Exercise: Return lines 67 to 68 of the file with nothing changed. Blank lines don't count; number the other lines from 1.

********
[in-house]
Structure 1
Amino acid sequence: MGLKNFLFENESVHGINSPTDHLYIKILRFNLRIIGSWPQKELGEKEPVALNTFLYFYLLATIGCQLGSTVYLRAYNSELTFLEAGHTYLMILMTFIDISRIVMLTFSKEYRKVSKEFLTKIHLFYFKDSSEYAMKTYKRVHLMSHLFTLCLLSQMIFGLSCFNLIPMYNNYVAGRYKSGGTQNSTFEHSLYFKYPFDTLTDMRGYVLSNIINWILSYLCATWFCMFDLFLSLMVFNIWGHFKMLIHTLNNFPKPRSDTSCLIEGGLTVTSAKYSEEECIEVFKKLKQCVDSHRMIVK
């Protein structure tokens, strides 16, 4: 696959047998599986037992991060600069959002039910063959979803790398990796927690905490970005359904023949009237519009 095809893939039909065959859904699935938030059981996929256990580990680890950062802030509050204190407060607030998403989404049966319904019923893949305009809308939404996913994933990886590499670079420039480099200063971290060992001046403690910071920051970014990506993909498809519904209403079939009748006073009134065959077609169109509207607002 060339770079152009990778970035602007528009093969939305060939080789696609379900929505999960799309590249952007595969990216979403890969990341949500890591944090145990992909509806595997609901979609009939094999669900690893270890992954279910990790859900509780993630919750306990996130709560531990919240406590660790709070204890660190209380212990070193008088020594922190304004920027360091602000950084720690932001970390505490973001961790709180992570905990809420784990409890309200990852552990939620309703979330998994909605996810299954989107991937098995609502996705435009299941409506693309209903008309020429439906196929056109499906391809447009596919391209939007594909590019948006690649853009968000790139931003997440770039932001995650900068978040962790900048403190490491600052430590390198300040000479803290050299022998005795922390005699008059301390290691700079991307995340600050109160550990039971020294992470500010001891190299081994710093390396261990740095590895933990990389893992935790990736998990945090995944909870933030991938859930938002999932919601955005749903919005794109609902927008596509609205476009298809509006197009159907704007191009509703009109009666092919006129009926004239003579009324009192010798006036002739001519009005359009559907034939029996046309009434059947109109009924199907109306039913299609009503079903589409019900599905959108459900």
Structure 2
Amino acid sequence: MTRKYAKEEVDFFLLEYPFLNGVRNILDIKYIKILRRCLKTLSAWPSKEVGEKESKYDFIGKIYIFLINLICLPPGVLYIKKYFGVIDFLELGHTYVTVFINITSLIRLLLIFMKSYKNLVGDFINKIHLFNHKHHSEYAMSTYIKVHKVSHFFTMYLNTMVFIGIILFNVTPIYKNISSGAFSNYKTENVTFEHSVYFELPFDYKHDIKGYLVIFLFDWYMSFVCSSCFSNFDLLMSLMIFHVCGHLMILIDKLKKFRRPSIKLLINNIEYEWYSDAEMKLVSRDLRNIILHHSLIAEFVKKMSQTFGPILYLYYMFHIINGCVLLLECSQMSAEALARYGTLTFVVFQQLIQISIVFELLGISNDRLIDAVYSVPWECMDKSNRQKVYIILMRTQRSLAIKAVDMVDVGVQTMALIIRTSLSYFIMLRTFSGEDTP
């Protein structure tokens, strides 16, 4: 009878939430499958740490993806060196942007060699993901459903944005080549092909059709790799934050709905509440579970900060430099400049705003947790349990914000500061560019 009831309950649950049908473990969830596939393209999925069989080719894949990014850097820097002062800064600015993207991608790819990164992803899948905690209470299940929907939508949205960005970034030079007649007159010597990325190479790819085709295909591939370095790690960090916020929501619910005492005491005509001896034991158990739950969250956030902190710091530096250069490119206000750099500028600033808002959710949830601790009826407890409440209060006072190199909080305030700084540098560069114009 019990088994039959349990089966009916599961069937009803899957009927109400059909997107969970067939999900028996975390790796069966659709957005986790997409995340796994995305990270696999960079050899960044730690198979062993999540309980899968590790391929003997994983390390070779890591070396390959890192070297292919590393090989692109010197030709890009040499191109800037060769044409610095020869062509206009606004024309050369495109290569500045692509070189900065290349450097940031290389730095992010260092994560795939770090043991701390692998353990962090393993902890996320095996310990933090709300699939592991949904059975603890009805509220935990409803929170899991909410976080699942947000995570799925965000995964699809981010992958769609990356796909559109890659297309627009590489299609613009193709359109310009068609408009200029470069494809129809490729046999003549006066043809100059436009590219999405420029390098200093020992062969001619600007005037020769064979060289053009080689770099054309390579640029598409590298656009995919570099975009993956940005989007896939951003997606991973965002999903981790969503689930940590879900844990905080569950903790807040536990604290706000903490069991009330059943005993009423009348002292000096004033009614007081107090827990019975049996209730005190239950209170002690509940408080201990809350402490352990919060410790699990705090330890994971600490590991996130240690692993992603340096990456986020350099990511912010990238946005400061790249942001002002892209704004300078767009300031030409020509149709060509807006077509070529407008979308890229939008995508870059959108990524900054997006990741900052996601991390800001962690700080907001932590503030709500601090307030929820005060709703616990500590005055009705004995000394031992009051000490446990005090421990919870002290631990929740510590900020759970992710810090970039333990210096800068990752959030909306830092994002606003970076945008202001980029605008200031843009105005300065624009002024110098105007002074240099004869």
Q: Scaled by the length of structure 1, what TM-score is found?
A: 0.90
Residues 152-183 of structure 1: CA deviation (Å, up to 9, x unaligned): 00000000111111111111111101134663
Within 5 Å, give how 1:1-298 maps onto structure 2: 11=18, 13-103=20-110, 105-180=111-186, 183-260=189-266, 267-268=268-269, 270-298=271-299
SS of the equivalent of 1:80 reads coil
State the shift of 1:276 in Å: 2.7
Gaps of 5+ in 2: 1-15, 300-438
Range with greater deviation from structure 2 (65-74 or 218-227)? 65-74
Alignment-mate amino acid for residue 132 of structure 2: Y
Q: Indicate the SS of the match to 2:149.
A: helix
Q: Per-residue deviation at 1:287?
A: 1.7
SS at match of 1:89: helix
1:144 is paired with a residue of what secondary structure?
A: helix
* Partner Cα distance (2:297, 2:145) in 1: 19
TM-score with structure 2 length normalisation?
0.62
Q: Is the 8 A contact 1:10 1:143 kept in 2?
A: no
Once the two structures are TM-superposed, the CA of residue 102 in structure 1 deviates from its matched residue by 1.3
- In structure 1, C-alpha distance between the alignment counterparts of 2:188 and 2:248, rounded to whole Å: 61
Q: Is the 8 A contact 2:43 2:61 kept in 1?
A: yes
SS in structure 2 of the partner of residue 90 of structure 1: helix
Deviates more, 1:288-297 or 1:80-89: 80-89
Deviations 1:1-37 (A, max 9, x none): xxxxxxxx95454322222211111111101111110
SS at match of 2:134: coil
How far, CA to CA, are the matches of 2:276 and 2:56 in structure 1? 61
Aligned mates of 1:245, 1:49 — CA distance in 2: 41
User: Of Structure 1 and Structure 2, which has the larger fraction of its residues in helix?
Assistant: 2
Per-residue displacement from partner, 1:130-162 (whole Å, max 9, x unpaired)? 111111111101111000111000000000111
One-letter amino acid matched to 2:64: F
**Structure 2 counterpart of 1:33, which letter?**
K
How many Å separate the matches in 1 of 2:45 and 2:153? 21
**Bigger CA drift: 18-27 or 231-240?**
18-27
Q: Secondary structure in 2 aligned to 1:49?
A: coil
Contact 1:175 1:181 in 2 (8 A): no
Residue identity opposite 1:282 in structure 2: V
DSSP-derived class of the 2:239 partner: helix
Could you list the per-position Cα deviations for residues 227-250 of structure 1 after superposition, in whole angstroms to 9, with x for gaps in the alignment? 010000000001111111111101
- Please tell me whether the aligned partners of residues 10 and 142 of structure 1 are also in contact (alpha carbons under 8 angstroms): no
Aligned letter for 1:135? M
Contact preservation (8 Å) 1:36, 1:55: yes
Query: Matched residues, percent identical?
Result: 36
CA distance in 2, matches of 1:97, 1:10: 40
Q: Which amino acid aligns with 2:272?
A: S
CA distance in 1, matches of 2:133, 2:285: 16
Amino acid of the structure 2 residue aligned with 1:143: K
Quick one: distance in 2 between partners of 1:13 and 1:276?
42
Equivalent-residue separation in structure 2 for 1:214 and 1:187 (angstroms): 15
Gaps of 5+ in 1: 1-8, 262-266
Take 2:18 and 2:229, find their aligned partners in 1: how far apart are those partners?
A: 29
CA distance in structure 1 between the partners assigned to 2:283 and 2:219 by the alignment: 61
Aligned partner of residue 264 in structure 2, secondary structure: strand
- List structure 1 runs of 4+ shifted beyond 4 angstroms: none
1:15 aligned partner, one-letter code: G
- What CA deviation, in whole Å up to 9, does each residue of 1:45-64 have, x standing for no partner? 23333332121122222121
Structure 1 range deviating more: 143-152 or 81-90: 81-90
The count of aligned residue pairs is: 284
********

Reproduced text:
Gaps of 5+ in 1: 1-8, 262-266
Take 2:18 and 2:229, find their aligned partners in 1: how far apart are those partners?